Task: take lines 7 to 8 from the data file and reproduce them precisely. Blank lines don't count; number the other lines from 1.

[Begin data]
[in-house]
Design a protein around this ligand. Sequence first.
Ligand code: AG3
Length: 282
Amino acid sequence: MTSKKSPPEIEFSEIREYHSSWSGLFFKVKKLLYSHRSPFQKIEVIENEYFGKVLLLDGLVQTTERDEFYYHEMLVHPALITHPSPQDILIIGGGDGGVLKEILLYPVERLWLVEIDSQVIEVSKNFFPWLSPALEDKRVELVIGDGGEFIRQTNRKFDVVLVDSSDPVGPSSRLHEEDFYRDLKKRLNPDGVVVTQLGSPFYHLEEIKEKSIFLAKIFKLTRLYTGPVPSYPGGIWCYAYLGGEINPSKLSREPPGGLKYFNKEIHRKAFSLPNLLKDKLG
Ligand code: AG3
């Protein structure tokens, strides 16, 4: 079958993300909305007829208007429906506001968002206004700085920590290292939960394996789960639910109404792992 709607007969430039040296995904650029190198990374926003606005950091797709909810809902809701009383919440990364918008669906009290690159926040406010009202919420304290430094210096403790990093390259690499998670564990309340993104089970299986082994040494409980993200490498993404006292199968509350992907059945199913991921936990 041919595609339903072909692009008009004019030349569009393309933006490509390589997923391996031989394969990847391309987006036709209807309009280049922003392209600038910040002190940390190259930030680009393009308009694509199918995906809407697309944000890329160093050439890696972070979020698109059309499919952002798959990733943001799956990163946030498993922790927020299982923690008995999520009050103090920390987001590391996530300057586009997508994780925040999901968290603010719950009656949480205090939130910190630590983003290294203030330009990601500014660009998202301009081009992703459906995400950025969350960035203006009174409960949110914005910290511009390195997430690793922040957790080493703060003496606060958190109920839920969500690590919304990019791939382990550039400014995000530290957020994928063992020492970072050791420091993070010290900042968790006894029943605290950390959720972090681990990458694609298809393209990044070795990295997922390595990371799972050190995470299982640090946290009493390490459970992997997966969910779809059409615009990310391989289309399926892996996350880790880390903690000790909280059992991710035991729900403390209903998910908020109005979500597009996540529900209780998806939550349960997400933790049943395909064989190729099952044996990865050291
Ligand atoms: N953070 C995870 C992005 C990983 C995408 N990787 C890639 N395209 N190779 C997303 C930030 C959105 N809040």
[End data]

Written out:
């Protein structure tokens, strides 16, 4: 079958993300909305007829208007429906506001968002206004700085920590290292939960394996789960639910109404792992 709607007969430039040296995904650029190198990374926003606005950091797709909810809902809701009383919440990364918008669906009290690159926040406010009202919420304290430094210096403790990093390259690499998670564990309340993104089970299986082994040494409980993200490498993404006292199968509350992907059945199913991921936990 041919595609339903072909692009008009004019030349569009393309933006490509390589997923391996031989394969990847391309987006036709209807309009280049922003392209600038910040002190940390190259930030680009393009308009694509199918995906809407697309944000890329160093050439890696972070979020698109059309499919952002798959990733943001799956990163946030498993922790927020299982923690008995999520009050103090920390987001590391996530300057586009997508994780925040999901968290603010719950009656949480205090939130910190630590983003290294203030330009990601500014660009998202301009081009992703459906995400950025969350960035203006009174409960949110914005910290511009390195997430690793922040957790080493703060003496606060958190109920839920969500690590919304990019791939382990550039400014995000530290957020994928063992020492970072050791420091993070010290900042968790006894029943605290950390959720972090681990990458694609298809393209990044070795990295997922390595990371799972050190995470299982640090946290009493390490459970992997997966969910779809059409615009990310391989289309399926892996996350880790880390903690000790909280059992991710035991729900403390209903998910908020109005979500597009996540529900209780998806939550349960997400933790049943395909064989190729099952044996990865050291
Ligand atoms: N953070 C995870 C992005 C990983 C995408 N990787 C890639 N395209 N190779 C997303 C930030 C959105 N809040």